Yesterday I had to pick Case up in town after school, so I didn't drive home my normal route. When I got home later that afternoon, the Horsetales list serv mentioned an accident involving a horse trailer near a major intersection on my usual route. Apparently, a trailer came loose from the truck and went into traffic, hitting an oncoming vehicle. The chatter on Horsetales mentioned a horse lying on the side of the road, life flight transporting victims, possibly a child ejected from a vehicle. Yes, just another traffic accident but it hit close to home because so many of us frequently pull our own horse trailers.
The ten o'clock news reported three people were taken to the hospital and one had died. No names were released. Although we live near a major metropolitan area, the horse community is small. I worried that the person driving the rig was someone I knew, a horse I had shared a trail with. I know people who live in the area and prayed they weren't in the wrong place at the wrong time and were the ones who were hit. When the names were released this morning, I found I didn't know either family. But felt their pain.
The driver of the rig, a woman, was uninjured. Her horse severly injured was put down at the scene. I was told it was still there this morning, off the side of the road. The man driving the car that was hit survived; his 9 year-old son was in critical condition and his 10 year-old-daughter died at the hospital. The news reported that none of those injured were wearing seatbelts. The father of those children is, no doubt, going through his own private hell. And I'll leave it at that.
Keeping this horse related, the news reports did not mention if the trailer had safety chains. It's easy to assume there weren't any, but after reading some stories online (http://www.dangeroustrailers.org/ ), it's possible that although chains may be required, it might not be a primary offense, so a person cannot be stopped for this offense alone. This same website also said that some states that require chains, do not specify the weight of the chain, so many trailers are ill equipped. In other words, if you see a trailer behind a truck, you just don't know how safe it really is. (Update: a recent news story quotes the Nebraska State Patrol as saying safety chains were in place on the horse trailer.)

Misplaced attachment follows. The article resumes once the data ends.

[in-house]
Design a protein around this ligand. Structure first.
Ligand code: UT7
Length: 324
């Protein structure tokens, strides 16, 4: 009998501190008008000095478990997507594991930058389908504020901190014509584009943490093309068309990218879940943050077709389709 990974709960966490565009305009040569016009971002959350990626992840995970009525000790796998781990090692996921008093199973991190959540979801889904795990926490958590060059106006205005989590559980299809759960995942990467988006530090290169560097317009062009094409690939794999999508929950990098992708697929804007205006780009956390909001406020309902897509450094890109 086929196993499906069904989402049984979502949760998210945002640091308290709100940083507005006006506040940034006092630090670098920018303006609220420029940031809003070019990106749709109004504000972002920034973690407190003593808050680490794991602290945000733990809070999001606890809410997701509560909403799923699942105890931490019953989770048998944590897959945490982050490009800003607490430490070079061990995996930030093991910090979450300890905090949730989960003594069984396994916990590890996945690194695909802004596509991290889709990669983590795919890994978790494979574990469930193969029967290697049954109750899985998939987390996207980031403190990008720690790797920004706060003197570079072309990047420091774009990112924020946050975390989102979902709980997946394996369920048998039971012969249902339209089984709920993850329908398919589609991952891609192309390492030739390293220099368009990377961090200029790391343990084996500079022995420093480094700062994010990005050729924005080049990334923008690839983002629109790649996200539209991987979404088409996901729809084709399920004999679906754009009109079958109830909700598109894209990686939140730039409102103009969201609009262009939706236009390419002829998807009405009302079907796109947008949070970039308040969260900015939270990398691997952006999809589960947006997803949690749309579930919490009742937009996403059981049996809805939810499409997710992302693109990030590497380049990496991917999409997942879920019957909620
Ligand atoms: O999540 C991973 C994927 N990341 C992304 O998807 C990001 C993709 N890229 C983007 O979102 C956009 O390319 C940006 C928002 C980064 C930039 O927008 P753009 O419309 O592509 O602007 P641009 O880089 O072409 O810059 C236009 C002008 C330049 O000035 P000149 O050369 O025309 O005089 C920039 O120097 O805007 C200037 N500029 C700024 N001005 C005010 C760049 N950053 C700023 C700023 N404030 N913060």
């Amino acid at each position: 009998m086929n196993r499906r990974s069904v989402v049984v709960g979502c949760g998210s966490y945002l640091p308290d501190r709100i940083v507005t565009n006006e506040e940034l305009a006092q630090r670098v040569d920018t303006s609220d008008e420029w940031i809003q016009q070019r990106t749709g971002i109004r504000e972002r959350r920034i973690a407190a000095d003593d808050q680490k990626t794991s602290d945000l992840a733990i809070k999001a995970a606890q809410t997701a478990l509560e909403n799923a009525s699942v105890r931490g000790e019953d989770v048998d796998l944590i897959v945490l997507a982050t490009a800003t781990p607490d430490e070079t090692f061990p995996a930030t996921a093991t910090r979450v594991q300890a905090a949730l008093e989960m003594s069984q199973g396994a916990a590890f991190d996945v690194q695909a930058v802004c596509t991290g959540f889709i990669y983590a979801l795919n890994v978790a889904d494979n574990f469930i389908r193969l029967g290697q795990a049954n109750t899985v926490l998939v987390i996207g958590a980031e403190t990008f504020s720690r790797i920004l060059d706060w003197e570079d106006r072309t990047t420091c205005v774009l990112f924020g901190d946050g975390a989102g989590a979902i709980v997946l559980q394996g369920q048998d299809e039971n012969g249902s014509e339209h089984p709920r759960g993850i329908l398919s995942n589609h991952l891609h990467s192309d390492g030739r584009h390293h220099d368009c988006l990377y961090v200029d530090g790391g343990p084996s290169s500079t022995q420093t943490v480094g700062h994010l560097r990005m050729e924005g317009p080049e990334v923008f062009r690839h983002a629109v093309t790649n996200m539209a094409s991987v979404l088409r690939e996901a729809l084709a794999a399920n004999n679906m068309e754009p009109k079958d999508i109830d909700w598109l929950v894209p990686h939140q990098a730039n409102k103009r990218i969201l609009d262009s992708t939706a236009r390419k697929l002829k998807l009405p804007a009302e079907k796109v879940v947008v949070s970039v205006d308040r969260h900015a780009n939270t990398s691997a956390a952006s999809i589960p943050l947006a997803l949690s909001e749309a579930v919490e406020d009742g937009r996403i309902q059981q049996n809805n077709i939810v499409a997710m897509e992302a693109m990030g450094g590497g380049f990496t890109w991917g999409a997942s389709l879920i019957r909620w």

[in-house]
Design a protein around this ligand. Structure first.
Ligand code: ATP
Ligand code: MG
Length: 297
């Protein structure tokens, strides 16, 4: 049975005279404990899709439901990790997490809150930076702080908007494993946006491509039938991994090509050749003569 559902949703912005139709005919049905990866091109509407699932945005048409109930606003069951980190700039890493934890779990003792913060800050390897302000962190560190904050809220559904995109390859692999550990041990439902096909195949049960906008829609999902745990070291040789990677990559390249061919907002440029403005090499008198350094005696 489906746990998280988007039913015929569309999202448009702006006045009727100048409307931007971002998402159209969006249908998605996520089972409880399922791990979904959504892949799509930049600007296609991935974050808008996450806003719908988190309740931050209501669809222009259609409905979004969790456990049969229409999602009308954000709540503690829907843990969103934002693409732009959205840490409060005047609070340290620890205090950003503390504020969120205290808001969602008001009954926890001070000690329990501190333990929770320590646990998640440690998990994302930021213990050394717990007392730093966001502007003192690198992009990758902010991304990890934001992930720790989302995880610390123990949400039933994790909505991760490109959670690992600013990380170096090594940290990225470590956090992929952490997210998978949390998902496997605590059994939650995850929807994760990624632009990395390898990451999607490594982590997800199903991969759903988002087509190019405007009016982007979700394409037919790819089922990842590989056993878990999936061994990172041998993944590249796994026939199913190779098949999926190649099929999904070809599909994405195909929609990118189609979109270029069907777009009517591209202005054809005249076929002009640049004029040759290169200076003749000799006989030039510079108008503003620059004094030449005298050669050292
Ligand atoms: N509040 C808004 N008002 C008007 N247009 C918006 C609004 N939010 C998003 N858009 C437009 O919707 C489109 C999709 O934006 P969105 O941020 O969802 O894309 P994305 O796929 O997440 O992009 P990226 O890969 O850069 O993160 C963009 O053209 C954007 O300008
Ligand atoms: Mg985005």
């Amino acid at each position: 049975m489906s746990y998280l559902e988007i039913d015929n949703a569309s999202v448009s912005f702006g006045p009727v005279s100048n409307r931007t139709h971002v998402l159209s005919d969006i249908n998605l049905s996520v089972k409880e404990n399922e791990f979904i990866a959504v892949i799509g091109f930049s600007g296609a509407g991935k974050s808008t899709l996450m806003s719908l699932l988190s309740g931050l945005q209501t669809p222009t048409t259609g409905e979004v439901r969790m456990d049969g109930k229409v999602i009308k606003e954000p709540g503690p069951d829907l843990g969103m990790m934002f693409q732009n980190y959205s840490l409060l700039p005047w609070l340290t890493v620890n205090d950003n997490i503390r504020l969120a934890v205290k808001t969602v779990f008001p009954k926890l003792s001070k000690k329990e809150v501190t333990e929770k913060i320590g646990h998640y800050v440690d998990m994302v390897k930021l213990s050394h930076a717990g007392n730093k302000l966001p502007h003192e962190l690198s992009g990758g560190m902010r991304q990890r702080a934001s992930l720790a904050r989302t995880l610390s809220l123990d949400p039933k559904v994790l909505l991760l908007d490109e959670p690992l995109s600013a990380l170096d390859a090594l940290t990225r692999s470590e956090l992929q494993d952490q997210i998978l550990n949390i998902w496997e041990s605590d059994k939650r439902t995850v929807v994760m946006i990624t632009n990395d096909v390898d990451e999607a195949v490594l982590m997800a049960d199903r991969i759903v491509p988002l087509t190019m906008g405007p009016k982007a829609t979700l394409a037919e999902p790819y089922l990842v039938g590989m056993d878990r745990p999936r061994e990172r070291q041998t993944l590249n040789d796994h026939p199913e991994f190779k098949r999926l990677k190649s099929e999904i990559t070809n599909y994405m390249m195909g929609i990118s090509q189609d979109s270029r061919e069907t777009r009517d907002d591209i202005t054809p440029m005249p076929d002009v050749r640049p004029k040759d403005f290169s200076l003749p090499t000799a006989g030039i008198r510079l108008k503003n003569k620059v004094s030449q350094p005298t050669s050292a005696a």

While it is easy to questions the decisions made by all those involved, it is important also to remember that accidents happen. We get hurried, sidetracked and sometimes just plain mess up. I know. It happened to me. You might remember when I had a similar accident. I was pulling two horses in my two-horse straight load steel trailer. It was negligence on my part that my trailer was not secured properly. I was distracted when hooking it up and I didn't check my work. My hitch wasn't locked in place. I hit a railroad track going about 50 mph and the trailer popped off the receiver ball. I felt it first and saw what happened in my rear view mirror and immediately started to slow the truck. When the trailer hit the back of my truck, bounced back and hit the truck again, I knew the chains had caught it and was carrying the estimated 4,500 pound load; keeping my horses, other traffic and me safe. I managed to keep it all together until I could get off the road. After yesterday's incident, I wonder if I shouldn't have them checked again. There was some wear; perhaps they were compromised.
I am sad for all involved. I hope I'm not the only horse person thinking about this and if our trailers are safe for not only our horse, but others on the road. Be safe, everyone.